“I… um… I thought you were g-going fishing,” I stammered.
“I was, but you have to fucking ruin everything as usual,” he growled. “I rang you at work. You know, your place of work where you went two hours ago. Only you didn’t go there, did you? They said you booked time off!” He bellowed out the last sentence, and I flinched. “So tell me, Tommy. Why would you take time off work and not tell me? Why are you here, packing stuff into a bag, ruining my fucking day, when I should be out fishing with my mate?”
“I’m leaving,” I said in a small voice. Maybe he’d let me go. Just maybe he’d be mad enough to think it wasn’t worth it anymore. I’d ruined his day, after all. I could imagine the words coming out of his mouth, and I prayed silently he’d say them. Fuck off, then, Tommy. I’ve had enough. Get out of my sight, and take all your shit with you.
“The hell you are. Get that stuff unpacked right now.” He clenched his fists at his sides, and his jaw twitched. I was impressed he hadn’t hit me yet. “Actually, I changed my mind. Leave that. First you can tell me exactly what you thought you were doing. Haven’t I said a hundred times you’ll never leave me? I won’t fucking let you leave. You have nothing without me, anyway. No one else would want you, useless fucking waste of space that you are.”
“I… I’m sorry. I thought I’d….” I racked my brains desperately for the right words—words which might not result in me being forced to take more time off until the bruises faded. Usually he avoided my face, but if he was really mad he seemed to want to pummel the features he repeatedly told me were a turn off to everyone except him.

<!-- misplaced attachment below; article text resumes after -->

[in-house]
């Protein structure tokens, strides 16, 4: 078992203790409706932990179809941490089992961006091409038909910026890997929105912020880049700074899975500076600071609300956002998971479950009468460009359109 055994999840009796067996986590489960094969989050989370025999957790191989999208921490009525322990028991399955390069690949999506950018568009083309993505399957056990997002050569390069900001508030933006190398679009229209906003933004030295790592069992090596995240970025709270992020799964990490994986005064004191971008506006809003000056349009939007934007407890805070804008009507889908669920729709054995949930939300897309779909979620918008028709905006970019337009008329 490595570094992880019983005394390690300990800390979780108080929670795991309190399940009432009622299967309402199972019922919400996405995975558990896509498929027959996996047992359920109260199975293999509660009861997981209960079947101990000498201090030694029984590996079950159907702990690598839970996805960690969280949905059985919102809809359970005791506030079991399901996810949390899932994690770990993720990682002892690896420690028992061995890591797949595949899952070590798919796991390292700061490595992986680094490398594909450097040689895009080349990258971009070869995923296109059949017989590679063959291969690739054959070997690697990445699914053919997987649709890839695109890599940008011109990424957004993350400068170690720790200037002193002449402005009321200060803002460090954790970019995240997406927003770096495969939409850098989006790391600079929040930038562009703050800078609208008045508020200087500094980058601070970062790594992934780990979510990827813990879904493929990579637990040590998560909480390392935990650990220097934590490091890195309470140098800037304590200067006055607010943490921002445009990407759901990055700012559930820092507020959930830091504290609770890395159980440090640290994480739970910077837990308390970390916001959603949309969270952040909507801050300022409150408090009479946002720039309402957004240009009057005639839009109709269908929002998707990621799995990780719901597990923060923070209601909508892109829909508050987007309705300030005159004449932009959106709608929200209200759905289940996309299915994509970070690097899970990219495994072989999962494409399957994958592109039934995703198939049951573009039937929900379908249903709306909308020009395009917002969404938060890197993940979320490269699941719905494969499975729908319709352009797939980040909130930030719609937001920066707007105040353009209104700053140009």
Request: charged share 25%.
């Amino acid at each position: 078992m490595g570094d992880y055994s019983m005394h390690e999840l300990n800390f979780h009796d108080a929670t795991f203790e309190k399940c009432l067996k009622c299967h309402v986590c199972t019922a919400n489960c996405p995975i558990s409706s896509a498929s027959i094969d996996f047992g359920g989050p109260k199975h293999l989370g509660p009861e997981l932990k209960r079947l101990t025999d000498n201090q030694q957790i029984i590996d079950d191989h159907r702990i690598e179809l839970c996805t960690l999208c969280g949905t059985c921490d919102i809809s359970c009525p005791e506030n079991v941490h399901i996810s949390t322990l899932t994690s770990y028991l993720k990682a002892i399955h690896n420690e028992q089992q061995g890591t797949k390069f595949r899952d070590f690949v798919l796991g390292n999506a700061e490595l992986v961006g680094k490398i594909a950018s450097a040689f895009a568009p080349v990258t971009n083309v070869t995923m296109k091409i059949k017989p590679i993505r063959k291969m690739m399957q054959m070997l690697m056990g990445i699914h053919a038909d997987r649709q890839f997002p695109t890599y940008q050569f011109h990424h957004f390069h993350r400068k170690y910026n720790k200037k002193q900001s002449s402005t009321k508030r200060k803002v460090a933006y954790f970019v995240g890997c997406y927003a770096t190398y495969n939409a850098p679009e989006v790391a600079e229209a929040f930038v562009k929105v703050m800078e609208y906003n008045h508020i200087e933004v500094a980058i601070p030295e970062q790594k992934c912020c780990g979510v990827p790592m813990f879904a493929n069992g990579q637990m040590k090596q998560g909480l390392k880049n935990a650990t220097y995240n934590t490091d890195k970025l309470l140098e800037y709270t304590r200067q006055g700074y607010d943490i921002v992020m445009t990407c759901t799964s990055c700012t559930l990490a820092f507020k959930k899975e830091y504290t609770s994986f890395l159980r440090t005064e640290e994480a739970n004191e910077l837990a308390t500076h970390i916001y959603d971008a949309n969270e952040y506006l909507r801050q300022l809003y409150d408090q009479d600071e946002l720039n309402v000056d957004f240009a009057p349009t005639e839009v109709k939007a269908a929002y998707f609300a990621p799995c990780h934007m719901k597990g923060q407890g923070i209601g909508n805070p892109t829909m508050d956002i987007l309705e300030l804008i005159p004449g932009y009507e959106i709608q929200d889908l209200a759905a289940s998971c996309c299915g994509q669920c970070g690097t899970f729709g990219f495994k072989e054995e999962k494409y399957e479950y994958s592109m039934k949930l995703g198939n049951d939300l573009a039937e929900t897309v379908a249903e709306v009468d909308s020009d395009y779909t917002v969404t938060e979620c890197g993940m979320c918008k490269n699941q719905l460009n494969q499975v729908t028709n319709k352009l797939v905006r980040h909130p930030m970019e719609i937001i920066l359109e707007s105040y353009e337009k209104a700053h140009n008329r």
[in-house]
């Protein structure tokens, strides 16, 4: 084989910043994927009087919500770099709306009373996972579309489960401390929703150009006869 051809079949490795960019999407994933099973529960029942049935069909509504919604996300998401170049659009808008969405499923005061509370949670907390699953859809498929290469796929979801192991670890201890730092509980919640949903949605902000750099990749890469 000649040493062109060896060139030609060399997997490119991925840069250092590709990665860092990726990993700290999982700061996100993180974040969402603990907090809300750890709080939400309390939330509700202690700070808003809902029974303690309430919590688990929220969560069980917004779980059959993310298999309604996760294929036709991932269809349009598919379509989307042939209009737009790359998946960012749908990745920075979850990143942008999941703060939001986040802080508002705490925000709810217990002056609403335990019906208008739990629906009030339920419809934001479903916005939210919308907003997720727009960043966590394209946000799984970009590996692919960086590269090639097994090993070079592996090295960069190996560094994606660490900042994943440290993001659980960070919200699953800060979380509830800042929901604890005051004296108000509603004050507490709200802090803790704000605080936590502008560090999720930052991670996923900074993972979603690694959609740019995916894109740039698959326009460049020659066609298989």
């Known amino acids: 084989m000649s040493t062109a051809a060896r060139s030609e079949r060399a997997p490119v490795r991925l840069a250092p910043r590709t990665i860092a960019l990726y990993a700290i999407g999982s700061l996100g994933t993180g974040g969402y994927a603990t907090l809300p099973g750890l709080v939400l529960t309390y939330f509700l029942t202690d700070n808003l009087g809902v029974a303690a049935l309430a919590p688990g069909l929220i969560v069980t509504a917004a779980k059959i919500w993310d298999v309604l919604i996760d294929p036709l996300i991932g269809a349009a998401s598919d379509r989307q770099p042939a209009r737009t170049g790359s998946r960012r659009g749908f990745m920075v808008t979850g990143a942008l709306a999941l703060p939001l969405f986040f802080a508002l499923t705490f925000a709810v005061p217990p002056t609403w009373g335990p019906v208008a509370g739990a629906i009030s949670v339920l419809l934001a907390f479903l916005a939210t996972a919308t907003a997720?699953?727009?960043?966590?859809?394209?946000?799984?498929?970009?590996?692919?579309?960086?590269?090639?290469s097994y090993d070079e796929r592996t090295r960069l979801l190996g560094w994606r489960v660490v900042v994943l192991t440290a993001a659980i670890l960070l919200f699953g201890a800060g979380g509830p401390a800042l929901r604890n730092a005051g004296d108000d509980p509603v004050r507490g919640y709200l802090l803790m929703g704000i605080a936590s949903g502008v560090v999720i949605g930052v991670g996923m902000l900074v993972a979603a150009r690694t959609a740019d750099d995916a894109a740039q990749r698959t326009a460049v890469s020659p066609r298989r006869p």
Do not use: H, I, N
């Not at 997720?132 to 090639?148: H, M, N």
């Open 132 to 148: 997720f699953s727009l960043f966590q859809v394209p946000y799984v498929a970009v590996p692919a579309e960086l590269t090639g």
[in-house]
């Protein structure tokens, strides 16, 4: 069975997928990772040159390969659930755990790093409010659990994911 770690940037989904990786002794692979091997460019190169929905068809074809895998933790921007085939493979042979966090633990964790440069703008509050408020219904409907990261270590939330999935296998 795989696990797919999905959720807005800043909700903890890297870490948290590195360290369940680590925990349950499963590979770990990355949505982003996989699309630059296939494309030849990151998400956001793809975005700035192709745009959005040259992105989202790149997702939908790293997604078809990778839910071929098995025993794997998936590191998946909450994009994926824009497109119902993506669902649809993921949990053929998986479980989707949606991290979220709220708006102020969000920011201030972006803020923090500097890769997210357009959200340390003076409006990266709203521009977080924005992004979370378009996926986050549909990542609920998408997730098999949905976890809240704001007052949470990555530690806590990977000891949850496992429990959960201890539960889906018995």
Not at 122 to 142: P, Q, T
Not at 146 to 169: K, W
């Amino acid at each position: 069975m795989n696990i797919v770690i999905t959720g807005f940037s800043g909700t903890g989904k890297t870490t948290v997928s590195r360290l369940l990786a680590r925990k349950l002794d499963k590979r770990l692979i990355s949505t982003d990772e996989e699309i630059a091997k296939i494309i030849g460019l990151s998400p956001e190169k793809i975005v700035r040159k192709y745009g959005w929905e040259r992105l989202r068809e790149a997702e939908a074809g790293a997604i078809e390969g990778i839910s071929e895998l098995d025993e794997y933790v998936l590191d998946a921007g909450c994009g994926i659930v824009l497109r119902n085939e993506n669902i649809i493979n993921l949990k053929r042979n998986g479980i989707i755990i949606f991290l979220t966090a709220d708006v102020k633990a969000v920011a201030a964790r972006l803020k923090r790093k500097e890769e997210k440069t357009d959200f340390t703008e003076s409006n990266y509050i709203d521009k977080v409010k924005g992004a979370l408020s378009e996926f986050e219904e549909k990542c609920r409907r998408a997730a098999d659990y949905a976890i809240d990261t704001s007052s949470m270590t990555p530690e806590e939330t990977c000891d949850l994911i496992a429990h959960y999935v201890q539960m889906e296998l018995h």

“You thought what? I’d let you go, just like that? You thought you’d sneak off like the fucking little coward you are while I’m not here?” He stepped closer, and I gulped, my mouth dry with fear. I knew it was going to be a lot worse than it had been before. I’d never really done anything before to deserve it. Tiny little mistakes—an item put away in the wrong place, his dinner later than he demanded, something not done quickly enough or the way he wanted. Here I was packing, intending to leave and daring to make my own decision. He’d beat the shit out of me.
I took a step back and came up short when I bumped against the wall. Colin lifted his hand, and in a second he had fastened it around my throat.
“You’ll never leave me, Tommy. Do you hear me? I’ll make sure of it.”
I wanted to read this book because of the blurb. The cover was also absolutely gorgeous. It touched me in a very personal way. I was a little afraid of this story, because I thought it would hit a little too close to home. In the beginning it did. I had to stop, breathe and continue a few times when the author described Thomas’ relationship with Colin. I breathed a sigh of relief when Thomas was able to leave without getting banged up again. My breath was taken away when I read how Thomas reacted once he was free. It is an all too common and somewhat unhealthy reaction. However, I was again able to breathe.